GFEI among key commitments at UN Climate Change Summit

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UN Secretary General Ban Ki-moon
UN Secretary General Ban Ki-moon
President of the World Bank Jim Yong Kim
President of the World Bank Jim Yong Kim
UN General Assembly
UN General Assembly

The Global Fuel Economy Initiative joined over 120 heads of state, business leaders and civil society representatives at the United Nations Climate Summit on 23 September to make its contribution to the range of commitments aimed at reducing emissions, enhancing resistance to climate change and mobilising resources for environmental action.

The GFEI was highlighted as an ‘Action Announcement’ on sustainable energy in a key session held in the UN General Assembly. GFEI is leading an Energy Efficiency Accelerator contributing to a goal set by the Sustainable Energy for All initiative, to double the global rate of energy efficiency improvement by 2030. As a partnership, GFEI joined a group of governments, businesses and civil society organisations at the Summit pledging to boost action in the energy sector. GFEI is part of the UN’s ‘energy efficiency accelerator platform’ along with initiatives on energy efficiency in other sectors such as buildings and lighting, and action on renewable energy.
 
World leaders and a range of high profile speakers including former US President Al Gore and UN Intergovernmental Panel on Climate Change Chairperson, Rajendra Pachauri addressed the summit. UN Secretary General Ban Ki-moon emphasised that current patterns of consumption of resources including fossil fuels are unsustainable. "If we let emissions grow, catastrophic climate change will accelerate," he said. “That would mean more droughts, floods, human misery and international security challenges. Solutions exist and we are already seeing significant changes in government policies and investments in sustainable ways of living and doing business. The race is on, and now is the time to for leaders to step up and steer the world towards a safer future.”

World leaders including US President Barack Obama joined the UN Secretary General in calling for urgent action. President Obama said: “We have to cut carbon pollution in our own countries. We have to work together as a global community to address this threat of climate change before it’s too late.”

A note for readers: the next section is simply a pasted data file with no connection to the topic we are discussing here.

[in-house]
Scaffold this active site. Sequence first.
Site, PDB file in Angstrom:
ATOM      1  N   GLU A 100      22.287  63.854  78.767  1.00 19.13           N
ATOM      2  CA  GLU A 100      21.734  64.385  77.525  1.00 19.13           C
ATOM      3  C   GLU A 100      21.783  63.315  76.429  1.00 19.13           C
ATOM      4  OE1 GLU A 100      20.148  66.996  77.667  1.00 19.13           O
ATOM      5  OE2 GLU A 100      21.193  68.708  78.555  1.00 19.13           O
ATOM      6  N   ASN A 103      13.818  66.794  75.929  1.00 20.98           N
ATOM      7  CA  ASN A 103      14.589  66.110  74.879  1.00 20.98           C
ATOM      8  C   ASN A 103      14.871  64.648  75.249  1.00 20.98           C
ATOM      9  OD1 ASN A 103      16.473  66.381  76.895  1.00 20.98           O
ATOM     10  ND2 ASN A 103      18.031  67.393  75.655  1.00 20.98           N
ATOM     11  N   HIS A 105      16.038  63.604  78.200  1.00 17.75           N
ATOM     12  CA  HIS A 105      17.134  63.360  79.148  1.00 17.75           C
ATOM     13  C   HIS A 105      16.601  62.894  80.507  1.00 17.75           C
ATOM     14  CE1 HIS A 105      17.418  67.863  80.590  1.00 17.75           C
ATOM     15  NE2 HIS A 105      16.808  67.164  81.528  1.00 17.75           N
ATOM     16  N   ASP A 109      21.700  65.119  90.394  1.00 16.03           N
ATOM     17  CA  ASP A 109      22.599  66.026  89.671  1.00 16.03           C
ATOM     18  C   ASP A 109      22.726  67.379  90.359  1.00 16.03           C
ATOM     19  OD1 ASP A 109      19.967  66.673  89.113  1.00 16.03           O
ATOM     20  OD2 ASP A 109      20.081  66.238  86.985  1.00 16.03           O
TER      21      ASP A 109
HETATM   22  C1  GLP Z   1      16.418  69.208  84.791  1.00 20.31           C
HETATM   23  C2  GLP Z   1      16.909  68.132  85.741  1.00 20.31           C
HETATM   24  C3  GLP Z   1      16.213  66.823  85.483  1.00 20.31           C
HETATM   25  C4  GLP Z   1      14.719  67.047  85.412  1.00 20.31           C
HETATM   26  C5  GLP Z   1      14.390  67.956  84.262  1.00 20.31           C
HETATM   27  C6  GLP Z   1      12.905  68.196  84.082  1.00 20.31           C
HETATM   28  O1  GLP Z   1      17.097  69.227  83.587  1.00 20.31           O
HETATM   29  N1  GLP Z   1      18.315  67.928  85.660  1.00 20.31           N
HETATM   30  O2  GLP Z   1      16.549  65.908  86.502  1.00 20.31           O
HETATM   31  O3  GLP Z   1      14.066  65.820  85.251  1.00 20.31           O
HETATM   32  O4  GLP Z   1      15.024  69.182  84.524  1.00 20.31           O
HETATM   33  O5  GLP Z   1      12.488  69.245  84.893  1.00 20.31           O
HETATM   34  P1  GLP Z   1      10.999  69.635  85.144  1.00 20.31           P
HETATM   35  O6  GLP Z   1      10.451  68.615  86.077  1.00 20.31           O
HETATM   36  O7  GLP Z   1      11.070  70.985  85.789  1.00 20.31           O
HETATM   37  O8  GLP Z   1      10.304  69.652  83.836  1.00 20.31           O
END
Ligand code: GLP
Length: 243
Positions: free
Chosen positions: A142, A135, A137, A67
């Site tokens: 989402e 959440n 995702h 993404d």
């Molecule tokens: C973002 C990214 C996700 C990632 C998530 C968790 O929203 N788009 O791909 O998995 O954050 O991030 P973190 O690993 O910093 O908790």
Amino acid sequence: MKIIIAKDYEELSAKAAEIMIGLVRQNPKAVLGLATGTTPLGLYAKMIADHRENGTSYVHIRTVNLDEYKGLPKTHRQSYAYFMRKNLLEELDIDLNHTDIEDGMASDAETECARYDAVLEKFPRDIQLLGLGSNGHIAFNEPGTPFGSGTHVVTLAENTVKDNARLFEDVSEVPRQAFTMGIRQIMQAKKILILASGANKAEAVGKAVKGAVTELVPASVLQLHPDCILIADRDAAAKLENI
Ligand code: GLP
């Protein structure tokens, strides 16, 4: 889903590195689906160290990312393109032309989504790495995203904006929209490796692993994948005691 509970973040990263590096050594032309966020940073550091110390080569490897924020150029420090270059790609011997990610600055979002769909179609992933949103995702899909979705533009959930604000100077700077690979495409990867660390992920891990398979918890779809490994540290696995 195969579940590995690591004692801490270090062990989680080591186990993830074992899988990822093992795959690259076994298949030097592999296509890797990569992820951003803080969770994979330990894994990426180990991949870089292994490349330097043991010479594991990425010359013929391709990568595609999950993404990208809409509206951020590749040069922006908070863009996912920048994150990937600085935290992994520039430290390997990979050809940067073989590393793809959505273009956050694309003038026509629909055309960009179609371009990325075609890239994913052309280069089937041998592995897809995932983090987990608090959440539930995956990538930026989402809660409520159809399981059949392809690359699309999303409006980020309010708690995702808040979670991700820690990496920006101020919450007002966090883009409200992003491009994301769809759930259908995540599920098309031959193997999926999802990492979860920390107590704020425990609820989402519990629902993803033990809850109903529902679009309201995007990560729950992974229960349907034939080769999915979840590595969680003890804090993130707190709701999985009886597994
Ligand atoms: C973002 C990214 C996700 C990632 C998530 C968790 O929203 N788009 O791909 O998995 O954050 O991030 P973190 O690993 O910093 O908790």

According to the report of the Intergovernmental Panel on Climate Change, the world is presently on a path that would well exceed the two degree Celsius rise in temperature limit that countries have set to ensure that the world would not suffer the worst impacts of climate change. The GFEI has emphasised that action on fuel economy globally is needed in order to reach the climate change targets.

FIA Foundation Director General Saul Billingsley represented the GFEI at the Summit. Speaking in the General Assembly chamber, he highlighted the contribution that fuel economy can make to the agendas on climate change and sustainable energy agendas.

“There will be at least 1.5 perhaps even 2 billion additional cars by 2050, with 90% of the growth in emerging economies, and a substantial proportion still using oil-based fuels. Whilst increased personal mobility can bring substantial gains, the impact of such massive increases in vehicle numbers and the resultant increased energy demand is wholly unsustainable. Unsustainable in terms of congestion, pollution and health; in terms of energy supply and therefore energy security; in terms of the costs to individuals and countries as resources become increasingly scarce; and of course in terms of CO2 and the climate - increasing global CO2 emissions by 2 gigatonnes per year by 2050, and making global efforts to reach climate change targets unachievable.”

Saul Billingsley highlighted commitments to improving fuel economy including work by a range of countries and organisations. The GFEI has been working with some 70 key countries including Peru, Sri Lanka and Vietnam, as well as corporations, international funding organisations, and civil society groups, which have confirmed the importance of fuel economy, and have committed to work together on it. He said: “The job is far from complete, and will remain that way until all countries in the world have policies in place that promote cleaner and more efficient vehicles. We have the technology, now we need the policy. It is in this context that the SE4ALL Energy Efficiency Accelerator Platform is providing the valuable additional political impetus which we need to reach our targets quickly.”

With GFEI support, Chile introduced its first ever carbon tax just ahead of the Climate Summit and Mauritius had earlier with GFEI assistance developed and implemented a “CO2 tax” on new vehicles.       

The GFEI will take commitments on fuel economy onwards from the Climate Summit and through to the UN Framework Convention on Climate Change meetings in Peru at the end of 2014 and France in 2015. The GFEI was also contributed to a group of transport commitments announced at the Summit by the Partnership on Sustainable Low Carbon Transport (SLoCAT). This included a commitments on urban electric mobility led by UN Habitat, commitment on urban electric mobility led by UN Habitat, a commitment on public transport and on railways.

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